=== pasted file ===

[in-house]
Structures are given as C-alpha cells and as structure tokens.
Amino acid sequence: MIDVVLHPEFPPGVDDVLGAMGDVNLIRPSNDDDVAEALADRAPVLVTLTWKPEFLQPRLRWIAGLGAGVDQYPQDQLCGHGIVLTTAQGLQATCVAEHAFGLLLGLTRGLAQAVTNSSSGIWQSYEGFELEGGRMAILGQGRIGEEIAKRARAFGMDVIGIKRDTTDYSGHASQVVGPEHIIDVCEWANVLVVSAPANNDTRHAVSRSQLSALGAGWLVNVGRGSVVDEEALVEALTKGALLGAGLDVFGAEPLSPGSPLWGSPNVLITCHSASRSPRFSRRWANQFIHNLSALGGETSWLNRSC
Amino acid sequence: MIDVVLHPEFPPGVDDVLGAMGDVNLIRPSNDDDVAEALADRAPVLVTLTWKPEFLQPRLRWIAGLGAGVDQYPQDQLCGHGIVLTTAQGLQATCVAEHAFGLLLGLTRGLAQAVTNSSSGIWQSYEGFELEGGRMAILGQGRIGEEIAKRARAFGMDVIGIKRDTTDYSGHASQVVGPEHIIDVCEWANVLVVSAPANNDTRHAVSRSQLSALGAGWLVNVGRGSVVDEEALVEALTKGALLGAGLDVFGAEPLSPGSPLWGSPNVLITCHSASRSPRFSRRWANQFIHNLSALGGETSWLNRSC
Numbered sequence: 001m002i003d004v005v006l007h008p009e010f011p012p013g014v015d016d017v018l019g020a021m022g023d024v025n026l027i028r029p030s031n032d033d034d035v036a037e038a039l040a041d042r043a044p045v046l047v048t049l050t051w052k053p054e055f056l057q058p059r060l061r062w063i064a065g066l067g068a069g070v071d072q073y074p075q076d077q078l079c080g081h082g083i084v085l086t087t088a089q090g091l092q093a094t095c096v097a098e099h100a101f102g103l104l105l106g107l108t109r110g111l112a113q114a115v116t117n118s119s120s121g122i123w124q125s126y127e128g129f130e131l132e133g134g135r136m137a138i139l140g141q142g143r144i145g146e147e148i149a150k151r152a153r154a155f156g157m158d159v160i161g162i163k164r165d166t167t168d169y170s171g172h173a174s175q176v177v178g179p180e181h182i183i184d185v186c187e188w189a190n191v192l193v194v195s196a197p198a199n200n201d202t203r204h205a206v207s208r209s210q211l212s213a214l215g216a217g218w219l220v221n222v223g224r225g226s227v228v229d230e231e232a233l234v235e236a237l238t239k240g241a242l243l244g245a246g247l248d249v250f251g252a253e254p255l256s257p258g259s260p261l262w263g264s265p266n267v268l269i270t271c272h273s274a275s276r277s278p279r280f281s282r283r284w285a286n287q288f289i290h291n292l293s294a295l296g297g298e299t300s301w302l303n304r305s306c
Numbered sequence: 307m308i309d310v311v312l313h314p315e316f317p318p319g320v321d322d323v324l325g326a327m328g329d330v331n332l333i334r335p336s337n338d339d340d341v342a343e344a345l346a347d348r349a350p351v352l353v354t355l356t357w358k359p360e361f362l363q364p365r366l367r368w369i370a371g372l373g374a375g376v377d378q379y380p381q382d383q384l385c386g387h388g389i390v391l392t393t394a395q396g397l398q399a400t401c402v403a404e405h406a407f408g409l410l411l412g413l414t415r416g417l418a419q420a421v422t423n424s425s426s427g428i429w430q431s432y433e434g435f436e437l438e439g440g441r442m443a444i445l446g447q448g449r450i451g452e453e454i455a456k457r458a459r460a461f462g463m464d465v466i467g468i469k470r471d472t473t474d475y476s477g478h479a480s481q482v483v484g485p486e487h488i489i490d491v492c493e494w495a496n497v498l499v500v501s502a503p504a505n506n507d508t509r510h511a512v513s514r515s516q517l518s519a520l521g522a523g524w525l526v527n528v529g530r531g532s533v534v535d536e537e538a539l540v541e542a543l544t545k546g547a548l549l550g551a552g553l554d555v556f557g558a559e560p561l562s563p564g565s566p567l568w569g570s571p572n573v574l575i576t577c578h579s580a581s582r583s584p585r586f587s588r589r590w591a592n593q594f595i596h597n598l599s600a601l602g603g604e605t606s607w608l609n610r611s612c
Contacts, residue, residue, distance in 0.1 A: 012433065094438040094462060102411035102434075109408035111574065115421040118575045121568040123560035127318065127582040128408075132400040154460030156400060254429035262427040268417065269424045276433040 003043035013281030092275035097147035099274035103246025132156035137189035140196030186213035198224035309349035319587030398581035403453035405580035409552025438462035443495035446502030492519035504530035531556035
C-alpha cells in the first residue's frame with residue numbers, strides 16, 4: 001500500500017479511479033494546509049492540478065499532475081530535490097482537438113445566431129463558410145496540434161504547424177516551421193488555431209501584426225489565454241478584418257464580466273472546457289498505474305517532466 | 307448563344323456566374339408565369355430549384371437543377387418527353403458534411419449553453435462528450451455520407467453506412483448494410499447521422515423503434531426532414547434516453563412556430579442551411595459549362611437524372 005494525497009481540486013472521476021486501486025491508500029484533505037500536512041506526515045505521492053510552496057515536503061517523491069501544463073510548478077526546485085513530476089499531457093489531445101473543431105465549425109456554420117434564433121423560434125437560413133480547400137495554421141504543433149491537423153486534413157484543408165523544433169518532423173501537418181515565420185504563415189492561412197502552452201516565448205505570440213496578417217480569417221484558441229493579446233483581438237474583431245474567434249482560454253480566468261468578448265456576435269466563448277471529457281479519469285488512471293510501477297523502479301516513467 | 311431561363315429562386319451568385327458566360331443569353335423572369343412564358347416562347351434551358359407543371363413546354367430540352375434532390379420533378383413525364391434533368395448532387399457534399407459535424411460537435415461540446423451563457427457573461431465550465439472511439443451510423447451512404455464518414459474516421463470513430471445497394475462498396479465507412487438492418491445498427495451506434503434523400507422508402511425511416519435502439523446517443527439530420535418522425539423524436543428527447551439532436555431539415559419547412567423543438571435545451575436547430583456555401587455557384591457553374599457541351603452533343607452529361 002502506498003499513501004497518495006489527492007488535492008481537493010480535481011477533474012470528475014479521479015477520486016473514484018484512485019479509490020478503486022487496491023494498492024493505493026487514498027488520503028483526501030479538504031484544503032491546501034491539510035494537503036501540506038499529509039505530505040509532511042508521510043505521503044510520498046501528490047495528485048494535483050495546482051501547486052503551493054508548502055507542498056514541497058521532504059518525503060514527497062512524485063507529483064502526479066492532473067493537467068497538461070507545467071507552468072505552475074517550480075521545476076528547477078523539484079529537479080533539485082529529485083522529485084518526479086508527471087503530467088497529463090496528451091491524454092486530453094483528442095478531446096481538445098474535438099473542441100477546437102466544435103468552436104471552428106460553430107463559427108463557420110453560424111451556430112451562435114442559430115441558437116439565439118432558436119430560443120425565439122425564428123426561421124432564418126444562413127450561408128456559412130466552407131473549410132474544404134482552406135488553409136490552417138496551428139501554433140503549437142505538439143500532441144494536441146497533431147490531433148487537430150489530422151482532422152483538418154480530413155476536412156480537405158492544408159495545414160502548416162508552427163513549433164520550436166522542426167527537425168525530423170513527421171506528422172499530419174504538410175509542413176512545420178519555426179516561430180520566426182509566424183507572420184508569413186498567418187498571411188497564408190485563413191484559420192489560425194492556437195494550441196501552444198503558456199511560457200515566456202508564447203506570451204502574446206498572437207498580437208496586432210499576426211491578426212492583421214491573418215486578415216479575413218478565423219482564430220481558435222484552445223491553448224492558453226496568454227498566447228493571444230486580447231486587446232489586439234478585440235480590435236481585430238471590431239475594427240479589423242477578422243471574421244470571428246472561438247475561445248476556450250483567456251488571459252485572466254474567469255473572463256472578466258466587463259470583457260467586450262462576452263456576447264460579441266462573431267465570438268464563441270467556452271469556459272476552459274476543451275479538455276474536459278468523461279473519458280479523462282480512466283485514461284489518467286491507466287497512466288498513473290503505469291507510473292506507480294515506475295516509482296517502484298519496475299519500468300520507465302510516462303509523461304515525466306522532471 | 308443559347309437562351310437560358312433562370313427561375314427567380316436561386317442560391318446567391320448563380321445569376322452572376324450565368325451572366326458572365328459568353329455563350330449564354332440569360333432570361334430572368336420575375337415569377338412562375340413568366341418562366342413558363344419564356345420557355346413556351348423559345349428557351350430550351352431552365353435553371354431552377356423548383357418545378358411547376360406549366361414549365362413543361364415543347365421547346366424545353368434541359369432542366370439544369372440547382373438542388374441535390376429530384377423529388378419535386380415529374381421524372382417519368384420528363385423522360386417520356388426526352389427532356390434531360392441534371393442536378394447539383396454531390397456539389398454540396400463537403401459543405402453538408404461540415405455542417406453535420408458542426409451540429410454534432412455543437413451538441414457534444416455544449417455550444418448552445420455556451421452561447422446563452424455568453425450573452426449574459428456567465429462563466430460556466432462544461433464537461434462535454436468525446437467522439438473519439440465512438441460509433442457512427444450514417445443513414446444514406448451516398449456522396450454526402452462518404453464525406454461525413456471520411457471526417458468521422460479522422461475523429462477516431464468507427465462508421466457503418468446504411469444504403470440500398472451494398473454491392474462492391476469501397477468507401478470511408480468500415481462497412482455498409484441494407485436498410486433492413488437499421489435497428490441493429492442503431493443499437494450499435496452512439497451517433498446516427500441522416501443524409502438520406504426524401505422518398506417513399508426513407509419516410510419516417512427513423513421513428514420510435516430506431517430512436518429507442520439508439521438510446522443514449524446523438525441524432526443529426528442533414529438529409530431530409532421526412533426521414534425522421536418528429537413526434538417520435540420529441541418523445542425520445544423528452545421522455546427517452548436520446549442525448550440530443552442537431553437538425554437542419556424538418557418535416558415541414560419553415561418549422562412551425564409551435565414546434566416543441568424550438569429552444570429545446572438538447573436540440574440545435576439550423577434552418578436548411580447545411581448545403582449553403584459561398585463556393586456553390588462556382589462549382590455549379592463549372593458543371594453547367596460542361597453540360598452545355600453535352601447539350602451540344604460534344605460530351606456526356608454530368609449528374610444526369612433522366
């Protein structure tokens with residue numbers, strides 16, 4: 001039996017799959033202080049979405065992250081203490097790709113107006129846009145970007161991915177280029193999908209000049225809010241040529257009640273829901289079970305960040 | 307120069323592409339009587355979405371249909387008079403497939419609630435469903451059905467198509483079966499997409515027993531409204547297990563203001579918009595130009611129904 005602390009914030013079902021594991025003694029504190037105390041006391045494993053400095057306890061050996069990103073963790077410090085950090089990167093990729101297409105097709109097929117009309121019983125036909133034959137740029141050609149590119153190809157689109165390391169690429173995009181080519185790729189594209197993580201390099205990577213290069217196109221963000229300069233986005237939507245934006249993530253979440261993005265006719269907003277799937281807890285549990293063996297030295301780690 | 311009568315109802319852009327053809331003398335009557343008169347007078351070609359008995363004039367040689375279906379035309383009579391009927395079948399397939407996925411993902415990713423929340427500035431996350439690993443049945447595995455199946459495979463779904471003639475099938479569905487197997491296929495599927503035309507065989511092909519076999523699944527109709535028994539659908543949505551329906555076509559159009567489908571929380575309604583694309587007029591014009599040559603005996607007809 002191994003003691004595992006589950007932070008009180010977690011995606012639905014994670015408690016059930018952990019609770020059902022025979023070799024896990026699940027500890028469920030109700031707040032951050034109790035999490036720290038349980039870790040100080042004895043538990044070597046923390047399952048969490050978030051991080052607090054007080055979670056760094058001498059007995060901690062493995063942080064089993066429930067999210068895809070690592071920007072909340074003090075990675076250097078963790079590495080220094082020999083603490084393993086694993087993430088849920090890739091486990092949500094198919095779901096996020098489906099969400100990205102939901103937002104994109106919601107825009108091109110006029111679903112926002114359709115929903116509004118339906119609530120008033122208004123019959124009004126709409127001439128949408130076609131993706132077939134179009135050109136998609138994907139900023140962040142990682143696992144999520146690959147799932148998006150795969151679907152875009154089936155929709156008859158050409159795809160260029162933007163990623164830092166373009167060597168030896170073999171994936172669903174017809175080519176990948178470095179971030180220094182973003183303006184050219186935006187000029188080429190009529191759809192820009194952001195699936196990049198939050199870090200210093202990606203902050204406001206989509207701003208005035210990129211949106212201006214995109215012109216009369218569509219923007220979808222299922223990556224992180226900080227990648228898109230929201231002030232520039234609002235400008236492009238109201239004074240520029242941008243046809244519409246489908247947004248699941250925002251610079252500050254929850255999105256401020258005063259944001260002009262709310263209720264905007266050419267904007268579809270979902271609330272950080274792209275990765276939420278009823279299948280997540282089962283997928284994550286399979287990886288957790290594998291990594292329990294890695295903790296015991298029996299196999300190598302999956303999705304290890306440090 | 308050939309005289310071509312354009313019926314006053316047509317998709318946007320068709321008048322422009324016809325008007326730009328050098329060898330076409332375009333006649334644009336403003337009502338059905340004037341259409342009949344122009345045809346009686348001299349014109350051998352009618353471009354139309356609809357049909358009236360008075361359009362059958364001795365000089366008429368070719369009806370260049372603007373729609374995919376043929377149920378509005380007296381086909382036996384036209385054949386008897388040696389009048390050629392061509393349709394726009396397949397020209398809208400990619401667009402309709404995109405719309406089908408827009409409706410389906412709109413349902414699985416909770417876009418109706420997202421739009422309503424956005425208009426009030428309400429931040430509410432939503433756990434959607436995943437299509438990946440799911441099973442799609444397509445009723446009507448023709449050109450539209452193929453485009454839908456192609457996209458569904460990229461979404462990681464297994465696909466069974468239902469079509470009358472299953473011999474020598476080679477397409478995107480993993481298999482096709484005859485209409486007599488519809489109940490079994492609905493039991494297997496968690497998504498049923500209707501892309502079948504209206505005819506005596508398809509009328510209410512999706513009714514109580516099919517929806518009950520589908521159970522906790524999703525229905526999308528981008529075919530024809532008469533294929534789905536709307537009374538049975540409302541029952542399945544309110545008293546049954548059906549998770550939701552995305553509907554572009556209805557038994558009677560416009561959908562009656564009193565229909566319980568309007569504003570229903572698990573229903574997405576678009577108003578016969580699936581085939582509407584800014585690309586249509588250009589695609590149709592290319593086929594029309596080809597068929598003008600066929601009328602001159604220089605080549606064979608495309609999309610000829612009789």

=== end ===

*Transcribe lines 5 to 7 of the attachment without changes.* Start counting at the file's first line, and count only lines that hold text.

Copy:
Numbered sequence: 001m002i003d004v005v006l007h008p009e010f011p012p013g014v015d016d017v018l019g020a021m022g023d024v025n026l027i028r029p030s031n032d033d034d035v036a037e038a039l040a041d042r043a044p045v046l047v048t049l050t051w052k053p054e055f056l057q058p059r060l061r062w063i064a065g066l067g068a069g070v071d072q073y074p075q076d077q078l079c080g081h082g083i084v085l086t087t088a089q090g091l092q093a094t095c096v097a098e099h100a101f102g103l104l105l106g107l108t109r110g111l112a113q114a115v116t117n118s119s120s121g122i123w124q125s126y127e128g129f130e131l132e133g134g135r136m137a138i139l140g141q142g143r144i145g146e147e148i149a150k151r152a153r154a155f156g157m158d159v160i161g162i163k164r165d166t167t168d169y170s171g172h173a174s175q176v177v178g179p180e181h182i183i184d185v186c187e188w189a190n191v192l193v194v195s196a197p198a199n200n201d202t203r204h205a206v207s208r209s210q211l212s213a214l215g216a217g218w219l220v221n222v223g224r225g226s227v228v229d230e231e232a233l234v235e236a237l238t239k240g241a242l243l244g245a246g247l248d249v250f251g252a253e254p255l256s257p258g259s260p261l262w263g264s265p266n267v268l269i270t271c272h273s274a275s276r277s278p279r280f281s282r283r284w285a286n287q288f289i290h291n292l293s294a295l296g297g298e299t300s301w302l303n304r305s306c
Numbered sequence: 307m308i309d310v311v312l313h314p315e316f317p318p319g320v321d322d323v324l325g326a327m328g329d330v331n332l333i334r335p336s337n338d339d340d341v342a343e344a345l346a347d348r349a350p351v352l353v354t355l356t357w358k359p360e361f362l363q364p365r366l367r368w369i370a371g372l373g374a375g376v377d378q379y380p381q382d383q384l385c386g387h388g389i390v391l392t393t394a395q396g397l398q399a400t401c402v403a404e405h406a407f408g409l410l411l412g413l414t415r416g417l418a419q420a421v422t423n424s425s426s427g428i429w430q431s432y433e434g435f436e437l438e439g440g441r442m443a444i445l446g447q448g449r450i451g452e453e454i455a456k457r458a459r460a461f462g463m464d465v466i467g468i469k470r471d472t473t474d475y476s477g478h479a480s481q482v483v484g485p486e487h488i489i490d491v492c493e494w495a496n497v498l499v500v501s502a503p504a505n506n507d508t509r510h511a512v513s514r515s516q517l518s519a520l521g522a523g524w525l526v527n528v529g530r531g532s533v534v535d536e537e538a539l540v541e542a543l544t545k546g547a548l549l550g551a552g553l554d555v556f557g558a559e560p561l562s563p564g565s566p567l568w569g570s571p572n573v574l575i576t577c578h579s580a581s582r583s584p585r586f587s588r589r590w591a592n593q594f595i596h597n598l599s600a601l602g603g604e605t606s607w608l609n610r611s612c
Contacts, residue, residue, distance in 0.1 A: 012433065094438040094462060102411035102434075109408035111574065115421040118575045121568040123560035127318065127582040128408075132400040154460030156400060254429035262427040268417065269424045276433040 003043035013281030092275035097147035099274035103246025132156035137189035140196030186213035198224035309349035319587030398581035403453035405580035409552025438462035443495035446502030492519035504530035531556035